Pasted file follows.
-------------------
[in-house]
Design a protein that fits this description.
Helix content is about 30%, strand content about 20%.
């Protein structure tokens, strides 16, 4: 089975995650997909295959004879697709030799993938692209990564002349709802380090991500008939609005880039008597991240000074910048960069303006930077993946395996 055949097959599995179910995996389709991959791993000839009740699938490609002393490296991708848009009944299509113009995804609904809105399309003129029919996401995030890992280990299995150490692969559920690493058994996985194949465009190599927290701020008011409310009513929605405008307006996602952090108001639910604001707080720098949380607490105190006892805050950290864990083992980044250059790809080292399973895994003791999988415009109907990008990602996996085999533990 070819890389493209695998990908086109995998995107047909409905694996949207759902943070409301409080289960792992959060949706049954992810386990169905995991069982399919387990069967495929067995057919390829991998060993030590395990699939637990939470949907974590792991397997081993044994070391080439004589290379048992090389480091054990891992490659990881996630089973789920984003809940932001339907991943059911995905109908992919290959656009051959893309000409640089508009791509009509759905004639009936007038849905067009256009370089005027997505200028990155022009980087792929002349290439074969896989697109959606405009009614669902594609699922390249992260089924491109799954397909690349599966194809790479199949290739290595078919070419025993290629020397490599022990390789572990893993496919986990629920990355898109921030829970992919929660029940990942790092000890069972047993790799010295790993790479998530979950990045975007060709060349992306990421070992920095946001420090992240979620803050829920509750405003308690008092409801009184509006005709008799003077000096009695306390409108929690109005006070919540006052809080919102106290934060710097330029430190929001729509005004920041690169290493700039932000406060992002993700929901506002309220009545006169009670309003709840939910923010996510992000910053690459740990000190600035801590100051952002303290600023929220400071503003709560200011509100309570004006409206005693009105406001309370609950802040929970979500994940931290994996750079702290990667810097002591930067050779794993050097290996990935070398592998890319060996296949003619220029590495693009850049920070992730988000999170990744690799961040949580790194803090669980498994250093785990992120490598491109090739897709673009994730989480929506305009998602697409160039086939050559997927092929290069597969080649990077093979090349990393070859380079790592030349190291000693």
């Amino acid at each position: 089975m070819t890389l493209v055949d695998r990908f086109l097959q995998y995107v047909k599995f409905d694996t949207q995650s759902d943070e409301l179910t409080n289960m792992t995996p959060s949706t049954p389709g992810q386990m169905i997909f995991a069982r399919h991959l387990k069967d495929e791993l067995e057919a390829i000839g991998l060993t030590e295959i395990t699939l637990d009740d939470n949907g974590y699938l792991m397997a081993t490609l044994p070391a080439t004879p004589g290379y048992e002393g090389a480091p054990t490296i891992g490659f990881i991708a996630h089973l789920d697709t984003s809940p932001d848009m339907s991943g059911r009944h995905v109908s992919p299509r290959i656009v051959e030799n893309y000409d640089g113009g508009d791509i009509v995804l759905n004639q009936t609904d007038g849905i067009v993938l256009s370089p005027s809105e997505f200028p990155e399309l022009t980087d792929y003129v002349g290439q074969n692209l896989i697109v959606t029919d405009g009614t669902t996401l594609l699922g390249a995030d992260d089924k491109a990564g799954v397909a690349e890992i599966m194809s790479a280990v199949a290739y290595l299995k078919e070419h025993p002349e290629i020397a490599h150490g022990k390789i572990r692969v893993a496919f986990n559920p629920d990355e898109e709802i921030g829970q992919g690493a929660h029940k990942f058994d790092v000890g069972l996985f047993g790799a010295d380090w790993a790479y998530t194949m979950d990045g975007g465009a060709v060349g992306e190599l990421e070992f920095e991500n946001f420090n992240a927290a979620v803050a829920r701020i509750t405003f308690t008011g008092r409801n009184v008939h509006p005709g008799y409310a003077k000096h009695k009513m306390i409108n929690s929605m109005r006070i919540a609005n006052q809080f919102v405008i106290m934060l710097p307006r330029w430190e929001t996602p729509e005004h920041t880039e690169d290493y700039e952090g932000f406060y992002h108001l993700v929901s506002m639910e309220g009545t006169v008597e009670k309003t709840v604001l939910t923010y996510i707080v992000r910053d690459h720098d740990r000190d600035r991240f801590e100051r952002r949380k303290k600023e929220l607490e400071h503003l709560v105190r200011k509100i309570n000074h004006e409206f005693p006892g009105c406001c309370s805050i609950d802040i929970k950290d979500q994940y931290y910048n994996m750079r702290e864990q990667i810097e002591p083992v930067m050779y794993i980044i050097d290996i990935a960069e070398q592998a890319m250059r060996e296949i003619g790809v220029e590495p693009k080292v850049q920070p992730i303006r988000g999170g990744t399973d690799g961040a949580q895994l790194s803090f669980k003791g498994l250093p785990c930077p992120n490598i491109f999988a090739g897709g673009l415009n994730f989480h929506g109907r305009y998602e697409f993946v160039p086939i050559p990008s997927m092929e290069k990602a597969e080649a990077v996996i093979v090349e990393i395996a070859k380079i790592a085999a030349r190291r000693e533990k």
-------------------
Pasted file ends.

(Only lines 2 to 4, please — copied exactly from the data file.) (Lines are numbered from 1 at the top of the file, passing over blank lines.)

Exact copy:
Design a protein that fits this description.
Helix content is about 30%, strand content about 20%.
């Protein structure tokens, strides 16, 4: 089975995650997909295959004879697709030799993938692209990564002349709802380090991500008939609005880039008597991240000074910048960069303006930077993946395996 055949097959599995179910995996389709991959791993000839009740699938490609002393490296991708848009009944299509113009995804609904809105399309003129029919996401995030890992280990299995150490692969559920690493058994996985194949465009190599927290701020008011409310009513929605405008307006996602952090108001639910604001707080720098949380607490105190006892805050950290864990083992980044250059790809080292399973895994003791999988415009109907990008990602996996085999533990 070819890389493209695998990908086109995998995107047909409905694996949207759902943070409301409080289960792992959060949706049954992810386990169905995991069982399919387990069967495929067995057919390829991998060993030590395990699939637990939470949907974590792991397997081993044994070391080439004589290379048992090389480091054990891992490659990881996630089973789920984003809940932001339907991943059911995905109908992919290959656009051959893309000409640089508009791509009509759905004639009936007038849905067009256009370089005027997505200028990155022009980087792929002349290439074969896989697109959606405009009614669902594609699922390249992260089924491109799954397909690349599966194809790479199949290739290595078919070419025993290629020397490599022990390789572990893993496919986990629920990355898109921030829970992919929660029940990942790092000890069972047993790799010295790993790479998530979950990045975007060709060349992306990421070992920095946001420090992240979620803050829920509750405003308690008092409801009184509006005709008799003077000096009695306390409108929690109005006070919540006052809080919102106290934060710097330029430190929001729509005004920041690169290493700039932000406060992002993700929901506002309220009545006169009670309003709840939910923010996510992000910053690459740990000190600035801590100051952002303290600023929220400071503003709560200011509100309570004006409206005693009105406001309370609950802040929970979500994940931290994996750079702290990667810097002591930067050779794993050097290996990935070398592998890319060996296949003619220029590495693009850049920070992730988000999170990744690799961040949580790194803090669980498994250093785990992120490598491109090739897709673009994730989480929506305009998602697409160039086939050559997927092929290069597969080649990077093979090349990393070859380079790592030349190291000693």